Last September, Melissa Lewis, of Denver, helps her son, Jayden Broadway, 9, his bed at the Children’s Hospital Colorado in Aurora, Colo. He was treated for the enterovirus 68 and released. (Cyrus McCrimmon/Denver Post via AP)

Since last summer, public-health officials have been trying to figure out why more than 100 children in dozens of states have suffered from a polio-like weakness in their limbs.

And while authorities have not found a direct link to the severe respiratory illness that affected children across the country last year, they are exploring whether that nationwide outbreak may be tied to this mysterious situation.

There have been 103 confirmed reports of children who have developed the illness, which is called “acute flaccid myelitis,” according to the Centers for Disease Control and Prevention. These cases, which span 34 states, have almost all led to the hospitalization of the affected children, with some of them put on breathing machines. 

Last fall, the CDC began testing cases that occurred after Aug. 1. They had tested 88 cases by mid-November and found some possible trends, but the ultimate cause of the illnesses were still unclear. A handful of cases involved children who had been affected by the enterovirus D68 outbreak, but the CDC cautioned that no causal relationship between the illness could be confirmed by that time. There are also other viruses that can cause illnesses with symptoms like the ones currently being seen, the CDC noted.

The possible tie to the enterovirus D68 (or EV-D68) outbreak is particularly worrisome, given how widespread this virus became. More than 1,100 people — again, most of them children — have been affected since last August. This number is likely severely underestimating how many were infected, as the CDC says there were presumably “millions” of mild infections in people who did not get tested. The virus was ultimately confirmed in 49 states and the District of Columbia.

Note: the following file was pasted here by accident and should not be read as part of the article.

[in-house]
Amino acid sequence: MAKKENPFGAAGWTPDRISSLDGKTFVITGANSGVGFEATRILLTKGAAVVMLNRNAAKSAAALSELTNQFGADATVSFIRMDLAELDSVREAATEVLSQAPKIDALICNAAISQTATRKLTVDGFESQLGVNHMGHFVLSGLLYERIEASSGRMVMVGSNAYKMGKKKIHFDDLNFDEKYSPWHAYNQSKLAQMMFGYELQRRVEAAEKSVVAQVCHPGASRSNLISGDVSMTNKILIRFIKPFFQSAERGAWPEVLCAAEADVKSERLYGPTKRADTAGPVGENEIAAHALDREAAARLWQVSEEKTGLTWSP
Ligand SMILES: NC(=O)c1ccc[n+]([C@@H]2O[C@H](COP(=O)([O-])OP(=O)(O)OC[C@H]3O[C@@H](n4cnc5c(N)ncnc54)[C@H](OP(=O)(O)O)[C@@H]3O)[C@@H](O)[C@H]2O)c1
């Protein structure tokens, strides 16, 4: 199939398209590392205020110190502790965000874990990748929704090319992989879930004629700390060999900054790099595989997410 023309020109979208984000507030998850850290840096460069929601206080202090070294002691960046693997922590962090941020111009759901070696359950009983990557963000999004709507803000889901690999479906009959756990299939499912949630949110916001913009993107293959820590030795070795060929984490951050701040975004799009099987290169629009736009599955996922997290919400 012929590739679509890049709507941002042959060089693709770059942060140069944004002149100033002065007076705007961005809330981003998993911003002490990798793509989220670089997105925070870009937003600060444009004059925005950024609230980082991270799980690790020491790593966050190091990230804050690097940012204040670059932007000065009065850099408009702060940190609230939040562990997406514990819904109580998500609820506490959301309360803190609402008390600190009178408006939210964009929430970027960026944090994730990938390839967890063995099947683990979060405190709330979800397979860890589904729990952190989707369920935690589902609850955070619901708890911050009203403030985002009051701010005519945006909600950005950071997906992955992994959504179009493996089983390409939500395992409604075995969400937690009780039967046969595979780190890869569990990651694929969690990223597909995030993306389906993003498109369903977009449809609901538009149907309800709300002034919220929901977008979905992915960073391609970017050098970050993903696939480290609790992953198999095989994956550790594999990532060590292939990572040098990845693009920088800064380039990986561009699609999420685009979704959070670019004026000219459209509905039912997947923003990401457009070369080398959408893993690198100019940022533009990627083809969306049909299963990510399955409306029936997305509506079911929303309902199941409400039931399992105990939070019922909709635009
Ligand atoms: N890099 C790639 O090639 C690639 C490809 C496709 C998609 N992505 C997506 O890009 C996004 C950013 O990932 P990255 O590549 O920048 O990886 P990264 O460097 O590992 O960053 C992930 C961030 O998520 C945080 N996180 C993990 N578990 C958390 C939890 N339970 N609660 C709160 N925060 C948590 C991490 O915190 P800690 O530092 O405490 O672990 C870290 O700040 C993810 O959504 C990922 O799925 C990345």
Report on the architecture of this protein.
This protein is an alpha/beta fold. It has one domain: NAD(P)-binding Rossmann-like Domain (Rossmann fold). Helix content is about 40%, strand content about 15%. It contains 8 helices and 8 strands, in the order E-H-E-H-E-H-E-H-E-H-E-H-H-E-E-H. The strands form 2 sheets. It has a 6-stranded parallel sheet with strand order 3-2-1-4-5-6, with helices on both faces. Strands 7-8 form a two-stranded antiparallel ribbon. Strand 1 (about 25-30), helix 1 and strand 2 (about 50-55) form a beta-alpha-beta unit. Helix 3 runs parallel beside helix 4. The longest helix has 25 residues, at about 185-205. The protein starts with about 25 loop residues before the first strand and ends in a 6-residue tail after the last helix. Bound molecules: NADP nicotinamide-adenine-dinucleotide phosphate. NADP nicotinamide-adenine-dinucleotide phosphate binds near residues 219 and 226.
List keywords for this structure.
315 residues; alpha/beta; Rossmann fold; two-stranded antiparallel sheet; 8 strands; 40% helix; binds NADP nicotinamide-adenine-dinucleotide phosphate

In September, as the enterovirus outbreak continued, health officials in Colorado explored a cluster of nine children suffering from weakness and paralysis. Some of these children tested positive for the enterovirus.

Still, another concern in this latest illness is how many children have not seen any improvement since developing symptoms. Two out of three have said they had some improvement, compared to one in three who showed none. So far, only one child with the illness had fully recovered, the CDC says.

Nearly a year ago, another polio-like illness may have affected up to 25 children in California, leading to some limb paralysis. Enterovirus D68, which at that time was still considered a rare virus and had not become as widespread as it was later in the year, was cited as one possible factor.